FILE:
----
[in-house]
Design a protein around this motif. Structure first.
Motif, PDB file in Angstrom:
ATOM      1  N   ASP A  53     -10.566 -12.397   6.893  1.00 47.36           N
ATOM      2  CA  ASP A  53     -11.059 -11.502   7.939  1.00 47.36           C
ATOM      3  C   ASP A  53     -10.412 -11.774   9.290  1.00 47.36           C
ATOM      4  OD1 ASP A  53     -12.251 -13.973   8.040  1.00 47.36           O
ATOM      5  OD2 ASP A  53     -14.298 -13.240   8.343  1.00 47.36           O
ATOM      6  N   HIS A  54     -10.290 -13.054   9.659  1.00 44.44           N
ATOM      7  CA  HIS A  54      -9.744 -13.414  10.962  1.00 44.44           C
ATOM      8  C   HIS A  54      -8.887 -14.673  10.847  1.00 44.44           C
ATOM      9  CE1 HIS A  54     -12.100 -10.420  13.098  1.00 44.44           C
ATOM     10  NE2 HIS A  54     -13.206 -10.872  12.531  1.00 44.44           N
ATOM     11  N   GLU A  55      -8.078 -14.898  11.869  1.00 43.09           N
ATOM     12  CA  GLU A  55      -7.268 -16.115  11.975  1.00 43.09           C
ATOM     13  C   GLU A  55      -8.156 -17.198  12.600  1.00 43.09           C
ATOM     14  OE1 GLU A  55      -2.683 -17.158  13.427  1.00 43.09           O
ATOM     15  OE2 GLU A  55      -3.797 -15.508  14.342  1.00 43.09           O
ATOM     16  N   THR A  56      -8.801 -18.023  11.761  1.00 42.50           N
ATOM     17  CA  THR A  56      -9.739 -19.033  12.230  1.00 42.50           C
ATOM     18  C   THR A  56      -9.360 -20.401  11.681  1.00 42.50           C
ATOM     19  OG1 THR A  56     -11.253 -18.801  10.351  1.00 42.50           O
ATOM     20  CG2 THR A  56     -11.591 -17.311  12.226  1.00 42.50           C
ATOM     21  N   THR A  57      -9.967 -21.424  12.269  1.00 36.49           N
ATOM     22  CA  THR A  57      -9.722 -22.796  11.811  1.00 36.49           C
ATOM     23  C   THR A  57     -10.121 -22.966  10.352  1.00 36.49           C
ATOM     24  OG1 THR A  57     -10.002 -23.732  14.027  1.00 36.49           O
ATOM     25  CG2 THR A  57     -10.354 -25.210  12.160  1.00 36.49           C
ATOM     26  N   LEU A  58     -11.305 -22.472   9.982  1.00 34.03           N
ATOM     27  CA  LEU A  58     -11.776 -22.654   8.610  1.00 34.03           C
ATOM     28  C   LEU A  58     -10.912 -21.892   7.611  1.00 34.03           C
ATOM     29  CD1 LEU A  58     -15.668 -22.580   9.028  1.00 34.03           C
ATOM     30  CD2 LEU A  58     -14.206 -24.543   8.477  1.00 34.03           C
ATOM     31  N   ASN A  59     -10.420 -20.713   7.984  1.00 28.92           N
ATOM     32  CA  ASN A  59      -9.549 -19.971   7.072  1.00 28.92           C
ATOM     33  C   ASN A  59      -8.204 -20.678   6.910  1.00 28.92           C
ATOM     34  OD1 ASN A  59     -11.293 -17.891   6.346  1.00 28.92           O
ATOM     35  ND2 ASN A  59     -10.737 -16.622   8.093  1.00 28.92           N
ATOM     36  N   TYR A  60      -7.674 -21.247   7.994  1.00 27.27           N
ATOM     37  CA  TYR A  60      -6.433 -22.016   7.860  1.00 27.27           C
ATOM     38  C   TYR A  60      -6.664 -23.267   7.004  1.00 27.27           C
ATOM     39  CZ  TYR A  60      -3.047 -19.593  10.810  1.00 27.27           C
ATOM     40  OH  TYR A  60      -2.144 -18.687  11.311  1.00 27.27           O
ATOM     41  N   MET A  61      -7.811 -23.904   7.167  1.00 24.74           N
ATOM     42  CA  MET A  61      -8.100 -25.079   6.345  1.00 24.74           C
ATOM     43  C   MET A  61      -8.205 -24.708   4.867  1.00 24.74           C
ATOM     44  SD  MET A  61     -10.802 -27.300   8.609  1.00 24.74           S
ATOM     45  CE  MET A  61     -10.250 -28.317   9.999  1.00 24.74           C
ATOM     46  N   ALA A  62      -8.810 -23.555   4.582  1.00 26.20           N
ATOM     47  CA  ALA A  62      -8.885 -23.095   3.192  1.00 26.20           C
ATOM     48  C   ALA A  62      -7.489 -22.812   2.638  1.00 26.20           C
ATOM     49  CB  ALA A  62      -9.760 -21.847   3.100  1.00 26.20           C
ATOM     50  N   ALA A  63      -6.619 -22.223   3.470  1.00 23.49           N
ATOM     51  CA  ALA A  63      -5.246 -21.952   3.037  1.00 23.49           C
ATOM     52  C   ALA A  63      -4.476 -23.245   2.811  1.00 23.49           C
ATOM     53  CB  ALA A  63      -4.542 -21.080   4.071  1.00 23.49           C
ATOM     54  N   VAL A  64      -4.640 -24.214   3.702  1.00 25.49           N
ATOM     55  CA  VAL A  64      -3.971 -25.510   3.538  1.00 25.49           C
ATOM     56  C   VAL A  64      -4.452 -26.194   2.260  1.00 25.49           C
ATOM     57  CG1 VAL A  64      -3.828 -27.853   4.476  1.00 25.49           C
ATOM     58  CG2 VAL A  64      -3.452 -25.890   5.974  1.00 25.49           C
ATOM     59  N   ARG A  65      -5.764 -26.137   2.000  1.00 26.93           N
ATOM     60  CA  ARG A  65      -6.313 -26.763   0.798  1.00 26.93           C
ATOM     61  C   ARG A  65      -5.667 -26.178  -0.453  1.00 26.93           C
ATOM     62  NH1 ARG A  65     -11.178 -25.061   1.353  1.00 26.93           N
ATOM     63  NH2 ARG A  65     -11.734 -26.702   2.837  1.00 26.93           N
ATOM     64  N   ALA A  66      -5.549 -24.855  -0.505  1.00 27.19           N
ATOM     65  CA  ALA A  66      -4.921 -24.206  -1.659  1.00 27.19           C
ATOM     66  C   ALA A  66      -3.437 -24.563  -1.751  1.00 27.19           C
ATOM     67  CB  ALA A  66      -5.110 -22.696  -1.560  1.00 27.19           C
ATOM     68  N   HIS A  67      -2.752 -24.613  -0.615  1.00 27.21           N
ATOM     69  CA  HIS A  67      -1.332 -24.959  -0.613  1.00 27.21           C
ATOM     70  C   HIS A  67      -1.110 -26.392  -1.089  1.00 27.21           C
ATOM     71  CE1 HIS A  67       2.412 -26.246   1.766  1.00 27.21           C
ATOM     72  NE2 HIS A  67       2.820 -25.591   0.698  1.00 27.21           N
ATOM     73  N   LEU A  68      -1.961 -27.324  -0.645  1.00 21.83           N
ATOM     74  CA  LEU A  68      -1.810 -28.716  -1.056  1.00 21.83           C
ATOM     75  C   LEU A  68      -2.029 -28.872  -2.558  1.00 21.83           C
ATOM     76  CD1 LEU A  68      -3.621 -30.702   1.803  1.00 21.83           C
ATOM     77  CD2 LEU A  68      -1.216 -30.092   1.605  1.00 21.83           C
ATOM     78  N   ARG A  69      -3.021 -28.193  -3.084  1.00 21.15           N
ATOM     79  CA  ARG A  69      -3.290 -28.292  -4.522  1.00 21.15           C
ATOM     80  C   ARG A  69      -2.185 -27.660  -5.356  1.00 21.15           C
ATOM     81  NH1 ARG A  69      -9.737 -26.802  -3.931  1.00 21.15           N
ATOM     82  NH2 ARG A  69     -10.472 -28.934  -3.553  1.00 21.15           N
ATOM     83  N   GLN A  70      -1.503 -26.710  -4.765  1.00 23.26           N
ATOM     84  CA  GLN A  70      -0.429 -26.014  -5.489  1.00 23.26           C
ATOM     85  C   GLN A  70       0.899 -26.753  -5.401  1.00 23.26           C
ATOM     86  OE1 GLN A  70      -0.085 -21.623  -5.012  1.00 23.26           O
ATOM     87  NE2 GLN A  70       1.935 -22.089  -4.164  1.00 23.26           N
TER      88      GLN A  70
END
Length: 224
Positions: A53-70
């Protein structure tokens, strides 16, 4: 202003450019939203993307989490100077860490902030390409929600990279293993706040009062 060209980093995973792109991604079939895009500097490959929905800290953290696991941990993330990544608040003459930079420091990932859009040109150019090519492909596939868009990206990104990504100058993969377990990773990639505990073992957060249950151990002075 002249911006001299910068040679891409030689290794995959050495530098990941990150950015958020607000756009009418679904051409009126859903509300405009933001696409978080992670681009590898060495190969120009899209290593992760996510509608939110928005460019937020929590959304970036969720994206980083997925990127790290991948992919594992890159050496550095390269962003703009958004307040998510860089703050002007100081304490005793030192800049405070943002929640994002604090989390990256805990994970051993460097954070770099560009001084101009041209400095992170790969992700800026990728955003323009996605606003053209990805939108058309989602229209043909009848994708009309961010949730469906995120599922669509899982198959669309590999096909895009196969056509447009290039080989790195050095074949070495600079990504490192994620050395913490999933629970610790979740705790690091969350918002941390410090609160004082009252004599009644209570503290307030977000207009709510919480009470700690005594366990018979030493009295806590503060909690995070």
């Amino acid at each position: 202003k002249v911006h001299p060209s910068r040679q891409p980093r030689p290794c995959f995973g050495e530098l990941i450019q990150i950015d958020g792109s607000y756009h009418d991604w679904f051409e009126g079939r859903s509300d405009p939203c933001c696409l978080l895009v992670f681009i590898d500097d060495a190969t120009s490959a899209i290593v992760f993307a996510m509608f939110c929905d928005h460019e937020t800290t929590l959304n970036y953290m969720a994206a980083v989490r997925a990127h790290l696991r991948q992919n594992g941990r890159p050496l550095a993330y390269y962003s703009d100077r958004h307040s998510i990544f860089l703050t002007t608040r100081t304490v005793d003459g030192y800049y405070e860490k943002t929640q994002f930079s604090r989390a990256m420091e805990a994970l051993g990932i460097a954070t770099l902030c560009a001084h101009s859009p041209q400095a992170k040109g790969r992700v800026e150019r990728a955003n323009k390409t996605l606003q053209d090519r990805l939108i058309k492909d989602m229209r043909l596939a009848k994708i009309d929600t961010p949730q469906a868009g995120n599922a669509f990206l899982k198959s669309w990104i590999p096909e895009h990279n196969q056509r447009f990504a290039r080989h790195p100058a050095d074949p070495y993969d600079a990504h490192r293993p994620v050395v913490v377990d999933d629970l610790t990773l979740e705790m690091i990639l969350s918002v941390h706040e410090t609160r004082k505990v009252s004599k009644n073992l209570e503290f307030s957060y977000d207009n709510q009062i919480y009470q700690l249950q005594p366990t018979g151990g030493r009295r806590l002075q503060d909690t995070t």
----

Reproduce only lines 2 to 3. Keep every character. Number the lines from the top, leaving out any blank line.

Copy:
Design a protein around this motif. Structure first.
Motif, PDB file in Angstrom: